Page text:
• Bontinck et al. used observations in the home setting to compare interactions between 2-year-olds and their older sibling with ASD with interactions between 2-year-olds and their older, typically developing sibling. Findings suggested that the 2-year-olds whose sibling had ASD attempted to initiate social interactions less frequently, demonstrated fewer positive responses to their sibling’s attempt to communicate or interact, and attempted to imitate their older sibling with ASD less frequently. And, when the researchers looked at total interactions—both positive and negative—between the sibling pairs, they found that higher levels related to more parent-reported ASD characteristics. What does this mean? Well, it suggests that younger siblings of children with ASD might be learning positive and negative behaviors. And, given that siblings provide the earliest form of social interaction, paired with the fact that siblings of children with ASD are at high risk for receiving the same diagnosis, findings from this study suggest that examining social interactions between siblings may provide insight into the development of young children whose sibling has ASD.

  • Typical disfluencies (e.g. revisions, phrase repetitions, filled pauses) are a normal part of preschoolers’ speech, and “appear at times of rapid language growth”. Generally, while children are learning new words and new sentence structures, typical disfluency rates can increase (see article for review). So how would this play out for bilingual children? That’s unknown, and the aim of Brundage & Rowe. In this study, they examined young (30-month-old) simultaneous Spanish–English bilingual children (with roughly 50-50 exposure to English and Spanish at home). They found slightly lower disfluency rates in Spanish, and lower disfluency rates, overall, compared to similar studies. Because their data is a bit unexpected compared to similar research on monolinguals, it’s difficult to know how to interpret this data. But, maybe that’s exactly the point? That it’s different for bilinguals? Future research should help clarify that.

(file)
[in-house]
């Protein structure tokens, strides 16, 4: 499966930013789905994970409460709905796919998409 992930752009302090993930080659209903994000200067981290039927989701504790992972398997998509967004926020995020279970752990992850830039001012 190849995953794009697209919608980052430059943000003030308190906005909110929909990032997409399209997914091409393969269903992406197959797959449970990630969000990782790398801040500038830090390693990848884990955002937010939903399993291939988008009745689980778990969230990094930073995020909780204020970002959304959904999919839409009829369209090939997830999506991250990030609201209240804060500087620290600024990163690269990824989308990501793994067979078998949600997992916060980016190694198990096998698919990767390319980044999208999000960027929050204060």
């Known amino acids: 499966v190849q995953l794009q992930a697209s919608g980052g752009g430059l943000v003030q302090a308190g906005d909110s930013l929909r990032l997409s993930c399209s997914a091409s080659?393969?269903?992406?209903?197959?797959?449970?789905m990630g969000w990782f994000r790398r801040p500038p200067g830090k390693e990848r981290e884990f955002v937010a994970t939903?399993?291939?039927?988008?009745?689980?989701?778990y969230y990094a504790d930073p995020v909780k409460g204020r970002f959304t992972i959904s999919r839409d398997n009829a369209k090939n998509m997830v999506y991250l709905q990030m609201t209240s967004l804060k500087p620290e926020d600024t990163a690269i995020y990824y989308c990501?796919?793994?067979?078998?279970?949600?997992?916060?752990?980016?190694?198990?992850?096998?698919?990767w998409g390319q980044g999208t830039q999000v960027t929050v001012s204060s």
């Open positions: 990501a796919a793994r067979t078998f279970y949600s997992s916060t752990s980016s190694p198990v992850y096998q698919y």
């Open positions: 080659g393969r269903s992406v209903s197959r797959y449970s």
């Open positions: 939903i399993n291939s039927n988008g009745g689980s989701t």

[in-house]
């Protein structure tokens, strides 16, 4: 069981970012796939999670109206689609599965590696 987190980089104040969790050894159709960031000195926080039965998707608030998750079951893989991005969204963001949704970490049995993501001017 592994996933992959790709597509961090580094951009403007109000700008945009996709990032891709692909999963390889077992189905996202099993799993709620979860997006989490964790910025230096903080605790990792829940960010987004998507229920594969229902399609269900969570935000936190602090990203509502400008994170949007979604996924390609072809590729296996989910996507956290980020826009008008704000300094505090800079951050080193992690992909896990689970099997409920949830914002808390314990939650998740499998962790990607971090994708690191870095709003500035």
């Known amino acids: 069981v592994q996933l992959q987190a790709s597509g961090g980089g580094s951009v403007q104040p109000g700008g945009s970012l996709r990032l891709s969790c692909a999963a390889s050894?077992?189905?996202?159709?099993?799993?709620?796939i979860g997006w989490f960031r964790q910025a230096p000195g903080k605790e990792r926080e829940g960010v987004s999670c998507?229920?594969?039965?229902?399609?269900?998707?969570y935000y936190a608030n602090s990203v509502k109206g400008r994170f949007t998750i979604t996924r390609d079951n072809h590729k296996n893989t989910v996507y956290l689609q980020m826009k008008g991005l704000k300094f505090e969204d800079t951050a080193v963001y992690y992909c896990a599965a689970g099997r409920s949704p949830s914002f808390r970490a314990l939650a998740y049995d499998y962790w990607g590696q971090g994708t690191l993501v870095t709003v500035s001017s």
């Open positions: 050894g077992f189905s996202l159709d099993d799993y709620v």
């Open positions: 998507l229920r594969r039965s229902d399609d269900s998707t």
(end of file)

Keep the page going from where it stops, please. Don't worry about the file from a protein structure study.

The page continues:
• After English, Spanish is the most common language spoken in the homes of U.S. children who are deaf or hard of hearing (DHH). Yet, we know very little about language and, specifically, vocabulary outcomes for this population. de Diego-Lázaront et al. looked at a variety of demographic, hearing-, and intervention-related factors to determine which might have a relationship with Spanish expressive vocabulary skills in 8 to 36-month-olds who are DHH. Results suggested that degree of hearing loss, range of functional hearing, and chronological age and age of intervention separately and combined predicted Spanish expressive vocabulary development. And, more specifically, the researchers found that the children who began receiving therapy early—by 6 months of age—received significantly higher scores on expressive vocabulary measures in Spanish.

  • Donegan-Ritter & Van Meeteren coached Early Head Start teachers on language strategies using video self-reflection and focused feedback. Teachers were able to increase their use of questioning, back and forth exchanges, and parallel talk with both infants and toddlers. Practice-based coaching may be an effective method for training teachers to increase their use of language strategies.

  • Dowd et al. looked at how young toddlers responded when a parent or experimenter got “hurt” (e.g., adults faked injuries when playing with a toy or fiddling with a clipboard) and suggest that we can see signs of social impairments by about 15 months. While we usually consider social concepts like empathy and emotional thinking to be later developing skills, the study’s results show us that we can start to see impairment fairly early in development.